How can you help researchers and resourcers get better at sharing useful business development related market intelligence?

  1. Awareness – Make sure they understand what market information is valuable to the business and why. It may seem obvious, but it needs to be laid out in detail and documented so they can refer back to it.
  2. Collate & Organise – work out a way to collate all the market intelligence that is gathered and shared with the business developers. Managers can ensure information has been actioned and successes shared with the researchers and resourcers.
  3. Recognise – Researchers and resourcers aren’t always treated too well by consultants. Managers need to make sure that consultants are actively saying thank you when they get good information that helps them find new requirements.

If you’re interested in discussing how your researchers and resourcers can contribute more to business development then please come to #trulondon next week where I will be leading a discussion track. Click here for ticket information

Five Ways I Try To Improve My Time Management Skills

I need to improve my time management skills. Who doesn’t? My life as a business owner revolves around three things: Selling more. Leading a team to sell more and.. Delivering training to consultants and leaders to help them sell more. Every day there are two things...

The Future of Recruitment: Where did all the humans go?

Yesterday I had an enjoyable day at Firefish software’s “the Future of Recruitment” event. The day was focused on how the recruitment industry will change in the coming years. There was a great line up of speakers including Greg Savage, Jonny Campbell from social...

Recruitment Leaders: Are You Feeding Your Team’s FOMO?

Recruitment Leaders: Are You Feeding Your Team’s FOMO?

When it comes to developing your people, finding a formula for success that delivers on the learning needs of the individual, as well as the performance needs of the company can be tricky.

After recently attending the 20 year reunion from my summer job selling books in the US, I feel that I am a little closer to understanding what that formula is.

In my second year of university I signed up to travel to America and sell educational books door to door. The promise was a simple one, get yourself out to Nashville, Tennessee. We will train you, give you a sales territory, then it’s up to you to knock on doors and sell some books.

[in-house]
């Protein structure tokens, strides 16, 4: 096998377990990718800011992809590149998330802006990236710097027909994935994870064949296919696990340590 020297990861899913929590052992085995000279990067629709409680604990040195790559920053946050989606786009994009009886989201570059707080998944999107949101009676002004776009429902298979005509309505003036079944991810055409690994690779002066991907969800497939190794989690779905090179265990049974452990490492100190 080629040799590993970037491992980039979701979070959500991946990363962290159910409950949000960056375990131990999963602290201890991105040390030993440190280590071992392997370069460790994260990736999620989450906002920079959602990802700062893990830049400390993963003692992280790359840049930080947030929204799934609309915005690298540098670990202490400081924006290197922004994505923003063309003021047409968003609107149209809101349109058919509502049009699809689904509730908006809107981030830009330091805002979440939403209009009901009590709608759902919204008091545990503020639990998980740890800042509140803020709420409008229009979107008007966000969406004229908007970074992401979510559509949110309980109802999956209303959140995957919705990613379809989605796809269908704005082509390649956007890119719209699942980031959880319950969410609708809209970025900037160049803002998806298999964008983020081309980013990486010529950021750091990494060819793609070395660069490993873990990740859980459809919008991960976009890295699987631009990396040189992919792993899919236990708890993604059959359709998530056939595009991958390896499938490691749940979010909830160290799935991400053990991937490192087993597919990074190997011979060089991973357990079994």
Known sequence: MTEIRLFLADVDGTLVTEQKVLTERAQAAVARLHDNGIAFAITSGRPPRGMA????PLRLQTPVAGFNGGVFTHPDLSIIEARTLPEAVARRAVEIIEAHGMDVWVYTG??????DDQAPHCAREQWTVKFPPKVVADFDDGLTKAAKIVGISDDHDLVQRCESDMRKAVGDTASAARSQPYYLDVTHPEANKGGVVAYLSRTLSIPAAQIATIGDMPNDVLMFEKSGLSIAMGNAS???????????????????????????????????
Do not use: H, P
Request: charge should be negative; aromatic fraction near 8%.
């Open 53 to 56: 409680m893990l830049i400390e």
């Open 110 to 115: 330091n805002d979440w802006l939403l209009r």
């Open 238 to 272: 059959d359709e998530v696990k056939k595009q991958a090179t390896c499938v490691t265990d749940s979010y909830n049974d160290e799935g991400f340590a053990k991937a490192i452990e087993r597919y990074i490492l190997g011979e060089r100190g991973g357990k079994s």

The financials worked out like this; pay out £800 up front to get there, buy your samples, order books and pay for all your own travel and living costs. You earn 35% of everything you sell. You might be forgiven for thinking this deal sounds a bit one sided, and truth be told I probably felt the same for most of my three summers selling books. However, the company made a promise that they claimed balanced the books. They claimed they would help me learn how to sell, build relationships, run a business, set goals, motivate myself, motivate others and take responsibility for my own success.

I still remember one of the senior leaders, Dan Moore, in sales school saying

“you are unlikely to learn more about selling, relationships and being successful over the next 20 years of your career.” 

Bold claims indeed. However, at our 20 year reunion I concluded he was probably right and that they had made good on their promise. I still use what I learned selling books 20 years ago every day; setting goals, building relationships, serving your customers needs equally to your own and much more. 

If you’d been a fly on the wall at the reunion, you would have heard many stories like mine from a lot of very successful people. Founders of companies like OVO Energy, SBR consulting, Nine Dots; successful executives including a Director at Uefa, several Finance Directors, half a dozen Directors of P&G and Unilever and too many Sales Directors to count and these are just the ones I keep in touch with. 

Why is this relevant to you?

If you promise training or personal development as part of your hiring strategy, or as a part of your total reward, ask yourself the following questions:

  • How much of your training is focussed on specific job tasks vs transferable long term skills?
  • How much time do you spend teaching people how to manage their own performance by helping them learn how to set goals, manage their attitude and build relationships vs telling them what to do?
  • How do you help them link personal / life goals to what they can get out of work? 
  • How do you help them learn life skills that will significantly contribute to long term success & well being i.e Management of finances & savings?
  • How would your last 10 hires rate you on your delivery of the development promises you made?

This may sound hard, but other firms manage it and many more aspire to it. This means the most talented employees in the market expect more. If you want to hire the best you have to offer more and deliver on your promises.

Five Ways I Try To Improve My Time Management Skills

I need to improve my time management skills. Who doesn’t? My life as a business owner revolves around three things: Selling more. Leading a team to sell more and.. Delivering training to consultants and leaders to help them sell more. Every day there are two things...

The Future of Recruitment: Where did all the humans go?

Yesterday I had an enjoyable day at Firefish software’s “the Future of Recruitment” event. The day was focused on how the recruitment industry will change in the coming years. There was a great line up of speakers including Greg Savage, Jonny Campbell from social...